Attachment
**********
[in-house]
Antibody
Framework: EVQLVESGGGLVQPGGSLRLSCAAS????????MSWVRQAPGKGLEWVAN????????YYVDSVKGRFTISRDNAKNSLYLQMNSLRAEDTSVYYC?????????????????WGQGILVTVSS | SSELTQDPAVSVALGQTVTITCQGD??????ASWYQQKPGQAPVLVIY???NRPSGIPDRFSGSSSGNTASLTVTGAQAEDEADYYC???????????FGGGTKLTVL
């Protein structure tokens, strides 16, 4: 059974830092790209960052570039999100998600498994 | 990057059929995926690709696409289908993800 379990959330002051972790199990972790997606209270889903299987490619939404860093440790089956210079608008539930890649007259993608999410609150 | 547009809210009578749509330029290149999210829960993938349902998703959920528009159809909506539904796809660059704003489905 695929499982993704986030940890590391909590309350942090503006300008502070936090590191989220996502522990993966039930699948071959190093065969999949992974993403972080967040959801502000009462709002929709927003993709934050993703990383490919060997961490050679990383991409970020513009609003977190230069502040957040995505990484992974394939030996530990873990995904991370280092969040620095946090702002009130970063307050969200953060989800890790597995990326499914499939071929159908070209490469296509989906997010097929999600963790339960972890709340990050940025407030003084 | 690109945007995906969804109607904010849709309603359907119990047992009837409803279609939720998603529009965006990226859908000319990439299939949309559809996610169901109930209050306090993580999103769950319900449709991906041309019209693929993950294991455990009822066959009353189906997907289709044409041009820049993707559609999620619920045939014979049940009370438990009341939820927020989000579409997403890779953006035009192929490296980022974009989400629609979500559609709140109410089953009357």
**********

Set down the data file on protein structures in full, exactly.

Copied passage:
[in-house]
Antibody
Framework: EVQLVESGGGLVQPGGSLRLSCAAS????????MSWVRQAPGKGLEWVAN????????YYVDSVKGRFTISRDNAKNSLYLQMNSLRAEDTSVYYC?????????????????WGQGILVTVSS | SSELTQDPAVSVALGQTVTITCQGD??????ASWYQQKPGQAPVLVIY???NRPSGIPDRFSGSSSGNTASLTVTGAQAEDEADYYC???????????FGGGTKLTVL
């Protein structure tokens, strides 16, 4: 059974830092790209960052570039999100998600498994 | 990057059929995926690709696409289908993800 379990959330002051972790199990972790997606209270889903299987490619939404860093440790089956210079608008539930890649007259993608999410609150 | 547009809210009578749509330029290149999210829960993938349902998703959920528009159809909506539904796809660059704003489905 695929499982993704986030940890590391909590309350942090503006300008502070936090590191989220996502522990993966039930699948071959190093065969999949992974993403972080967040959801502000009462709002929709927003993709934050993703990383490919060997961490050679990383991409970020513009609003977190230069502040957040995505990484992974394939030996530990873990995904991370280092969040620095946090702002009130970063307050969200953060989800890790597995990326499914499939071929159908070209490469296509989906997010097929999600963790339960972890709340990050940025407030003084 | 690109945007995906969804109607904010849709309603359907119990047992009837409803279609939720998603529009965006990226859908000319990439299939949309559809996610169901109930209050306090993580999103769950319900449709991906041309019209693929993950294991455990009822066959009353189906997907289709044409041009820049993707559609999620619920045939014979049940009370438990009341939820927020989000579409997403890779953006035009192929490296980022974009989400629609979500559609709140109410089953009357």